(Washington D.C. – July 18, 2018) The U.S. Court of Appeals for the D.C. Circuit ruled today to suspend an EPA loophole that would allow more super-polluting freight trucks that present a serious and urgent threat to the health of all Americans onto our roads.
Environmental Defense Fund, the Center for Biological Diversity, and Sierra Club filed a motion yesterday asking the court to suspend EPA’s deeply harmful decision to not enforce modern pollution standards for these freight trucks. The pollution standards are current law and were adopted after years of analysis and public comment.
“The court’s decision today is an important step towards protecting the health of all Americans from super-polluting diesel freight trucks,” said EDF President Fred Krupp. “The Trump administration’s decision to allow more of these dirty diesel trucks on our roads was made without any public input and with reckless disregard for the serious public health threats they will cause. We’re pleased the court has suspended this dangerous loophole and we look forward to presenting a strong case to the court about the need to reverse EPA’s flawed decision.”
The D.C. Circuit ruled two-to-one to temporarily suspend implementation of EPA’s decision not to enforce modern pollution standards for super-polluting trucks – a radical decision issued on Scott Pruitt’s final day as EPA Administrator. The court will now consider EDF and its allies’ request for a longer stay pending consideration of the merits of the case. The court’s order provides for emergency briefing through July 27.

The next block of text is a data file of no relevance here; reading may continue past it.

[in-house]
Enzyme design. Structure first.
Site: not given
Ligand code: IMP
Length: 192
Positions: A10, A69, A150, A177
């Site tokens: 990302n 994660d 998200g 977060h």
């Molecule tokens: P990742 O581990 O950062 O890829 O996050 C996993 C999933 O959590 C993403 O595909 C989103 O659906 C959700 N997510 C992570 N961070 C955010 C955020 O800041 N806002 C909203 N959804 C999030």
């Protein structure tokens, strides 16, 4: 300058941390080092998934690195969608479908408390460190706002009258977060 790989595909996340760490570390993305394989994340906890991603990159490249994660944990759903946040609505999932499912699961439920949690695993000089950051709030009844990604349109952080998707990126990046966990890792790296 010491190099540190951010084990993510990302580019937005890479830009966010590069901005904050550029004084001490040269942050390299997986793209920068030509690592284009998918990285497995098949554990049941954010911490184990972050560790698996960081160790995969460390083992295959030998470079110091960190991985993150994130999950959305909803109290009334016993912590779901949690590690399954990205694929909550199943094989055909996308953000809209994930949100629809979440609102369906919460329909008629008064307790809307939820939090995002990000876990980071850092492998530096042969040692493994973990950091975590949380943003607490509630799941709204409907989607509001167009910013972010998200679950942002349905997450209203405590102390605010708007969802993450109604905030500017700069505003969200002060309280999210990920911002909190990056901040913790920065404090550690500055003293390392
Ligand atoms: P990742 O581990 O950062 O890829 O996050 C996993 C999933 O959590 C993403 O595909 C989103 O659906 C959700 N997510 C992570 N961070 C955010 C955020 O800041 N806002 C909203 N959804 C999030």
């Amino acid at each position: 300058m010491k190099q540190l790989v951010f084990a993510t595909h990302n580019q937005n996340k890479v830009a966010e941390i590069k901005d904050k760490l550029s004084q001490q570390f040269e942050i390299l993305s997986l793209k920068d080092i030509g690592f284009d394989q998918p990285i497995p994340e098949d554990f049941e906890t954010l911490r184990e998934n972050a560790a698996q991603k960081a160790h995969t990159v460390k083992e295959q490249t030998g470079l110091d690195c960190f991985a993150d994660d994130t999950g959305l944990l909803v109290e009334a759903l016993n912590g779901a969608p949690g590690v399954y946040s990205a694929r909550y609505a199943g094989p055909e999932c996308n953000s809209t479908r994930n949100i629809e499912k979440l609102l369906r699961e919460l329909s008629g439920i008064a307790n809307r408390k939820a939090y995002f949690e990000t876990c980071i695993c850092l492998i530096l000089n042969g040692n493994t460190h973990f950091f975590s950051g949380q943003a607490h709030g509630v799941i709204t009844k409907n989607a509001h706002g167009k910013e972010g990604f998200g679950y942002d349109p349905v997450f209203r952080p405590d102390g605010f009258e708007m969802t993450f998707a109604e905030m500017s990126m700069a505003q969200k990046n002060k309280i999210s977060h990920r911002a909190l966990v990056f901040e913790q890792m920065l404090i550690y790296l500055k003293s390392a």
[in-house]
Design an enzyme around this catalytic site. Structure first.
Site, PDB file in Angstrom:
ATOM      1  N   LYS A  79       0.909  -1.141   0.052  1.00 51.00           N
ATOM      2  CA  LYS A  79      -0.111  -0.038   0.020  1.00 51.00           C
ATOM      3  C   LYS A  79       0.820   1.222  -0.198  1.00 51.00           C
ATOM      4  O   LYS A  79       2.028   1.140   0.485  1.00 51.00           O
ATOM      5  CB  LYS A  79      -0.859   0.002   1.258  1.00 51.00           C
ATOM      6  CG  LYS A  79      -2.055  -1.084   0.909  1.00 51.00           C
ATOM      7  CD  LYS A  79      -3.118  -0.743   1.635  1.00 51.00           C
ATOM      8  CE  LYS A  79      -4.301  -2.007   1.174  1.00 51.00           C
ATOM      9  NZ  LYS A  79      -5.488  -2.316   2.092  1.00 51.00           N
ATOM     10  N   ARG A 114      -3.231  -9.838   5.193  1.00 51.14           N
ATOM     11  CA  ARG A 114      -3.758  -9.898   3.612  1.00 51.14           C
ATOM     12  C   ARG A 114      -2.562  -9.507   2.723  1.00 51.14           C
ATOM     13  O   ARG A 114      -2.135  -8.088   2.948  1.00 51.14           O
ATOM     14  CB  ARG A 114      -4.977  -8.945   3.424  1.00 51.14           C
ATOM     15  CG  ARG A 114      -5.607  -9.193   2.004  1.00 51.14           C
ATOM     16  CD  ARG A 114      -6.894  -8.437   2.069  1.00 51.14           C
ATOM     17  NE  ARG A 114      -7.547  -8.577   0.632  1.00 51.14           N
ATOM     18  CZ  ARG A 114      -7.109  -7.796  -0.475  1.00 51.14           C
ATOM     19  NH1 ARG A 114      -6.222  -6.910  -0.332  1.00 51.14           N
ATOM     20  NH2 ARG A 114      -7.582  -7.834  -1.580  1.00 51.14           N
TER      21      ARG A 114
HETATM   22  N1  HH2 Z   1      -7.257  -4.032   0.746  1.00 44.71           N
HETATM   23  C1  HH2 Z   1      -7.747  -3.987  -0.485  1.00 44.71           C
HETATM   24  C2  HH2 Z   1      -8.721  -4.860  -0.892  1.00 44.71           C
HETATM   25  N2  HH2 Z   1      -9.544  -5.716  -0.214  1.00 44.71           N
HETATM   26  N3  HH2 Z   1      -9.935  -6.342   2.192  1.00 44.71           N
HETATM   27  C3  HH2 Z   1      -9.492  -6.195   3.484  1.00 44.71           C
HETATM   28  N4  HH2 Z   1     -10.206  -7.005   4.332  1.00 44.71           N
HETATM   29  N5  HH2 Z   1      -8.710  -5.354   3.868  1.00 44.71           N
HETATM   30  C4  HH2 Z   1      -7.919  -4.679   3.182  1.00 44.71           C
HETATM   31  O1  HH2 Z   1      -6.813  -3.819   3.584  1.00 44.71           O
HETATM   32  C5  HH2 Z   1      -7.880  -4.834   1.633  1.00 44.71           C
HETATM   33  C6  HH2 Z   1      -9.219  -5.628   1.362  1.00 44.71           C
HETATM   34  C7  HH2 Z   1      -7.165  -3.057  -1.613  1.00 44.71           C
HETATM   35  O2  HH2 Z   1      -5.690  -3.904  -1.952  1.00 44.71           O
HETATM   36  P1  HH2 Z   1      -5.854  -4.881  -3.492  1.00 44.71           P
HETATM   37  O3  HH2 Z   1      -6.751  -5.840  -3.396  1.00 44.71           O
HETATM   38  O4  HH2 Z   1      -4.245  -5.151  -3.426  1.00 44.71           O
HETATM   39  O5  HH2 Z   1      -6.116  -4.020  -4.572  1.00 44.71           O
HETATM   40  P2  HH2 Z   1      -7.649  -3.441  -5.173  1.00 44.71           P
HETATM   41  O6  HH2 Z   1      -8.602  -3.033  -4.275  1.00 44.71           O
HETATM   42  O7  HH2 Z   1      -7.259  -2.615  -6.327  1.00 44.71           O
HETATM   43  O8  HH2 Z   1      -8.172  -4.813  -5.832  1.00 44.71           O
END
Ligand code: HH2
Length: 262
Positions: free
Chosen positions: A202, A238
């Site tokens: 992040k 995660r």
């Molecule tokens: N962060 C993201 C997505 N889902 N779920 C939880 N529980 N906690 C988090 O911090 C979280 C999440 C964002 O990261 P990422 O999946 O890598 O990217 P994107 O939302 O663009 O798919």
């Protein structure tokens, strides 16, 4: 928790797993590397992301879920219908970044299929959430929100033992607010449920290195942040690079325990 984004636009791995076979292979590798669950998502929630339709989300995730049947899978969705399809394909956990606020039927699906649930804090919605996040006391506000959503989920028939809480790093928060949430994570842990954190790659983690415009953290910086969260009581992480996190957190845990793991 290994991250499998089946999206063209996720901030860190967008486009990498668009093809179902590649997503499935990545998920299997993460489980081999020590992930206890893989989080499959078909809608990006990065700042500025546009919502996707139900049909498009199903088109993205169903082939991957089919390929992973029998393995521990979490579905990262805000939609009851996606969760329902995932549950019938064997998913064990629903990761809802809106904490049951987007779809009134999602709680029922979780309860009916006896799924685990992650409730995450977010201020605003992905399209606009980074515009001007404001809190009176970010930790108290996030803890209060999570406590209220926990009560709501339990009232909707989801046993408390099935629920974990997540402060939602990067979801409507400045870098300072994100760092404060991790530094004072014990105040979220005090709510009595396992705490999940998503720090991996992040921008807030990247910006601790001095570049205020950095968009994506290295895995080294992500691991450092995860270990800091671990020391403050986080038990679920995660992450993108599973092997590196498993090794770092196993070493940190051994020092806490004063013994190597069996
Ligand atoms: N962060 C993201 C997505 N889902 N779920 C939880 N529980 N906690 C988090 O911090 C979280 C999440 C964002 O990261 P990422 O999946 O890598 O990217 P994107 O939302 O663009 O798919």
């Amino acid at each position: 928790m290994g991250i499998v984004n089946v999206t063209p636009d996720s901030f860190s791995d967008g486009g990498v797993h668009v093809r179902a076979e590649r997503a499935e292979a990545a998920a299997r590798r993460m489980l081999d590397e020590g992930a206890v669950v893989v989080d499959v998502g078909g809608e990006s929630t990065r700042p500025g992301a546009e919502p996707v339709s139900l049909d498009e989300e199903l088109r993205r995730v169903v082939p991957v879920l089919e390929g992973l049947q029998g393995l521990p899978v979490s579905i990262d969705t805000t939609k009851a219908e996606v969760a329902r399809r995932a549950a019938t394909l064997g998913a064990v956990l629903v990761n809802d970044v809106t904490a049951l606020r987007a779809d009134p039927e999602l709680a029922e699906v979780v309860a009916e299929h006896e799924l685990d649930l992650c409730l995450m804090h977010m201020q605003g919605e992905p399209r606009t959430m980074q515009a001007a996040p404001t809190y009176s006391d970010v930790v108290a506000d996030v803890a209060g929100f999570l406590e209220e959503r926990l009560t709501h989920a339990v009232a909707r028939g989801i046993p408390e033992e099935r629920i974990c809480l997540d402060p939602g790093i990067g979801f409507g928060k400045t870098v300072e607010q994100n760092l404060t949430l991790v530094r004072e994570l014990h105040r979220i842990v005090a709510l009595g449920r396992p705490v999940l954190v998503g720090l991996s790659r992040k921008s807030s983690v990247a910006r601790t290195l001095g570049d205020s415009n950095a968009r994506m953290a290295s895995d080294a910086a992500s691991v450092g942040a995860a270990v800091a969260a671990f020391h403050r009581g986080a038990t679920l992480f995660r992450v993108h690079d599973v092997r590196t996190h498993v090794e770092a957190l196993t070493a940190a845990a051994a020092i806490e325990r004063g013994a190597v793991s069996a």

Earlier this month, with no public warning, EPA issued an assurance that it would not enforce pollution limits on “glider trucks.”
Glider trucks are heavy-duty freight trucks made by putting old, dirty diesel engines into a new freight truck body. EPA testing found they can emit lethal particulate pollution at up to 450 times the amount from modern engines.
A recent EDF-commissioned analysis, submitted to the court yesterday along with EDF and allies’ motion, indicates the additional glider trucks produced during EPA’s two-year non-enforcement policy could result in more than 1,700 premature deaths over the life of those vehicles.
Under America’s Clean Truck Standards, engines used in glider trucks must meet modern pollution standards. Then-EPA Administrator Scott Pruitt tried to repeal pollution standards for glider trucks after a meeting with a major glider manufacturer on May 8, 2017 – the same manufacturer who prominently hosted an event for then-candidate Donald Trump early in his presidential campaign.
Pruitt’s attempt failed after comments underscored his proposal’s flawed legal reasoning, the White House and EPA Science Advisory Board raised concerns about the lack of supporting analysis, and a misconduct investigation was launched into the one study cited in the proposal. Pruitt’s proposal to repeal pollution standards for super-polluting glider trucks also faced extensive public opposition from EDF, the American Lung Association and other health experts, Moms Clean Air Force and other concerned citizens, and freight truck companies that make cleaner engines and would now face unfair competition.
Then, on Pruitt’s last day in office, EPA abruptly announced that it would not enforce the pollution standards for super-polluting glider trucks – even though it had not repealed those clean air standards.
You can find all the legal filings in this case on EDF’s website.
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